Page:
Immunizing calves with either of two forms of a vaccine newly developed by Agricultural Research Service (ARS) scientists might reduce the spread of sometimes deadly Escherichia coli O157:H7 bacteria. The microbe can flourish in the animals' digestive tracts, yet doesn't cause them to show clini... Read More
New research reveals a mutation on a gene that makes children susceptible to a severe form of mycobacterial disease. The work not only supports a controversial idea that certain genes evolved to combat specific bacteria but also reveals new mechanistic details of how the immune system fights off... Read More
On episode #63 of the podcast This Week in Virology, Vincent, Alan, and Rich talk about US government contract for freeze-dried smallpox vaccine, red squirrels in the UK threatened by poxvirus, and Marseillev... Read More
On December 10, 2009, the American Veterinary Medical Association (AVMA) announced the death of another pet from the 2009 H1N1 influenza virus. This brings the national total of pet deaths associated with the virus to 11 pets – seven cats and four ferrets. The first US case of a pet dying from t... Read More
The World Health Organization on Tuesday began using a new and more effective polio vaccine to eradicate the crippling virus in parts of Afghanistan.
Although most of Afghanistan is belived to be polio free, the disease has gone unchecked in 13 districts where security is a major concern.
... Read More
The Roseobacter clade represents one of the most abundant, metabolically versatile and ecologically important bacterial groups found in marine habitats. A detailed molecular investigation of the regulatory and metabolic networks of these organisms is currently limited for many strains by missing... Read More
Recently, while reviewing some documents, I found a Los Angeles Health Department 2005 ACDC Special Report captioned "Please Pass The Bacteria: An Outbreak of Clostridium Perfringens Associated With Catered Thanksgiving Meals". I liked the title, and thought I would explore the subject of food... Read More
The possibility of finding a successful HIV vaccine will require a new and comprehensive strategy, Aids researchers have said. Promising vaccine trials, the most recent having been conducted in Thailand was found to reduce HIV/Aids transmission by about 30 per cent only.
Dr Pontiano Kaleebu, ... Read More
Researchers at Binghamton University, State University of New York, have identified three key regulators required for the formation and development of biofilms. The discovery could lead to new ways of treating chronic infections.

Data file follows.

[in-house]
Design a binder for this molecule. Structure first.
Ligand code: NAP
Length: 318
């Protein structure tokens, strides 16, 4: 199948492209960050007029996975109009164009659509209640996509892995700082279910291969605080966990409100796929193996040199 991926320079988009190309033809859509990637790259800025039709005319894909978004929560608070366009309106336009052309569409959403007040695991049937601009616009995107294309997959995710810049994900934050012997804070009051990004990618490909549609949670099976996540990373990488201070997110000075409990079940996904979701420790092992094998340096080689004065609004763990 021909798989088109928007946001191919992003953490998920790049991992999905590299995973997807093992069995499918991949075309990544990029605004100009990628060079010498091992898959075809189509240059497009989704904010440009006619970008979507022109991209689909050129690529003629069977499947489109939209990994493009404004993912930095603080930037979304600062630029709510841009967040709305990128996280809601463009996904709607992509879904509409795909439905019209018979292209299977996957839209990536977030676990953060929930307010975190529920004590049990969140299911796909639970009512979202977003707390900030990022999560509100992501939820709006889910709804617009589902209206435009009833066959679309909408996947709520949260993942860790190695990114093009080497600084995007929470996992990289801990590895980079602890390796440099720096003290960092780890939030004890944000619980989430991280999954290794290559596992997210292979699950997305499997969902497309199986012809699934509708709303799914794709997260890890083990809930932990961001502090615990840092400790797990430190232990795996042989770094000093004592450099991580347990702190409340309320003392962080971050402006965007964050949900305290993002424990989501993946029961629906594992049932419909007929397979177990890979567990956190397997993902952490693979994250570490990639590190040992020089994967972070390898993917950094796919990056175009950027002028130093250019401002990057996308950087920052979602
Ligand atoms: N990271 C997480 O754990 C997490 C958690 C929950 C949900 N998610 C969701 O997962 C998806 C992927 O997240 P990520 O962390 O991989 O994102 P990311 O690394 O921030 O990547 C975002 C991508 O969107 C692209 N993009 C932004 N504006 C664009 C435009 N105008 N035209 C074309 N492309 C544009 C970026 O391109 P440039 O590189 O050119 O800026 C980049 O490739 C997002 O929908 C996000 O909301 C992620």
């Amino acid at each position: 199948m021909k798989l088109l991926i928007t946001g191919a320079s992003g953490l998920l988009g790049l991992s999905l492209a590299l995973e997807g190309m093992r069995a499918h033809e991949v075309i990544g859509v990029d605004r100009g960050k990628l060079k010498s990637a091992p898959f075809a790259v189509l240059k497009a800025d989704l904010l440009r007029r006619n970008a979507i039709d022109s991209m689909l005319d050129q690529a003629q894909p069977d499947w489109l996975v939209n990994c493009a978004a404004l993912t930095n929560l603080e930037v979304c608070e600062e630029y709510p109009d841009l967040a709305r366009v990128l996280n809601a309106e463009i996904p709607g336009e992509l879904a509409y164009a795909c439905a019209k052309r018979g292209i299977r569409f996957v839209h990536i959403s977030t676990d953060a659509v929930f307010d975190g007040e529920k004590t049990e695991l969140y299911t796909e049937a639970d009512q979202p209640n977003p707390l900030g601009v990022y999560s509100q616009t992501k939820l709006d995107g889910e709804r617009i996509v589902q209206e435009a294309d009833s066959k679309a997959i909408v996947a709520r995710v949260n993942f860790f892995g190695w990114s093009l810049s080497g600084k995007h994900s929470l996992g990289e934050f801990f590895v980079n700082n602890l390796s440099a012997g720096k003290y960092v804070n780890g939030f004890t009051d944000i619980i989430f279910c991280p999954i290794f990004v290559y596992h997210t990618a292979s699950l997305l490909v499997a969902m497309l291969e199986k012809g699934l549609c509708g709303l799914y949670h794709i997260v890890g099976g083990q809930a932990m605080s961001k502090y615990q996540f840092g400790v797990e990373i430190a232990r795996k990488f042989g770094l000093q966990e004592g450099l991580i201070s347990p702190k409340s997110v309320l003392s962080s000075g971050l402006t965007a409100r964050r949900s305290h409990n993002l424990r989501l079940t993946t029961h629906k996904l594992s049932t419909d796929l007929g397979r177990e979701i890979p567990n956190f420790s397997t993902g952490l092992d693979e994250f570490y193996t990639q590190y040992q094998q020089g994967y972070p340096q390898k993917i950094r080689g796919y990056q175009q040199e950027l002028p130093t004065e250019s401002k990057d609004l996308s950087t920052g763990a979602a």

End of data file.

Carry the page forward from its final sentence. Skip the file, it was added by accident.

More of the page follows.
Article: http://www.plospathogens.org/article/info%3Adoi%2F10.1... Read More
A rabies-based vaccine protects monkeys against SIV, the simian equivalent of HIV, a finding that may help in efforts to develop an AIDS vaccine, say U.S. researchers.
The team from Thomas Jefferson University in Philadelphia used highly attenuated rabies virus vaccine vectors to protect monk... Read More
According to an August report by the President’s Council of Advisors on Science and Technology, a fall resurgence of the H1N1 virus could “cause between 30,000 and 90,000 deaths in the U.S., concentrated among children and young adults.”
More than half of 36 children who died from the H1N1 vi... Read More
Researchers in Germany have identified a new antimicrobial peptide that demonstrates significant activity against a variety of bacteria, including multiresistant human strains such as methicillin-resistant Staphylococcus aureus (MRSA) and vancomycin-resistant enterococci (VRE). The discovery was... Read More
Humans in solitary confinement can go crazy, talking to themselves and trying to break free. Now scientists from New Mexico and New Hampshire are reporting that bacteria locked in solitary confinement know they are locked up, talk to themselves, and try to break free of their imprisonment.
Th... Read More
In some ways a cell in your body or an organelle in that cell is like an ancient walled town. Life inside either depends critically on the intelligence of the gatekeepers.
If too many barbarians sneak into town, the town may be put to the torch. And if the cellular gatekeepers can't control t... Read More
A new report finds that the Centers for Disease Control and Prevention did a poor job of screening medical experts for financial conflicts when it hired them to advise the agency on vaccine safety, officials said Thursday.
Most of the experts who served on advisory panels in 2007 to evaluate... Read More
Colonies of Histoplasma capsulatum growning on blood agar plates. Incubated at 30C. Note glabrous colonies without aerial mycelium Read More
If the Viking labeled-release experiment on Mars in 1976 had tested glucose optical isomers separately, it might have avoided lingering doubts about its apparently positive results suggesting biological activity, say microbiologist Henry J. Sun of the Desert Research Institute in Las Vegas, Nev.... Read More
In the summer of 1989, two papers about viruses were published in high-profile journals. One described the engineering of a recombinant poliovirus bearing on its surface an antigen from HIV-1. The second paper claimed that transgenic mice could be made by adding DNA to sperm before using them to... Read More
Beetles whose flashes punctuate summer skies; killer fish that lure prey with an enticing light; algae that rat out their attackers with a telltale glow. These ominous organisms might seem like creatures from out of this world, but thanks to some clever chemistry, such beings are in fact abundan... Read More
Imagine you were trapped in a room for weeks with nothing to eat but a single leaf of lettuce. Sound like a nightmare in crash dieting?
For microscopic bacteria holed up in ancient buried salt flats in California's Death Valley, that's life. In fact, according to a new study, the fasting bugs... Read More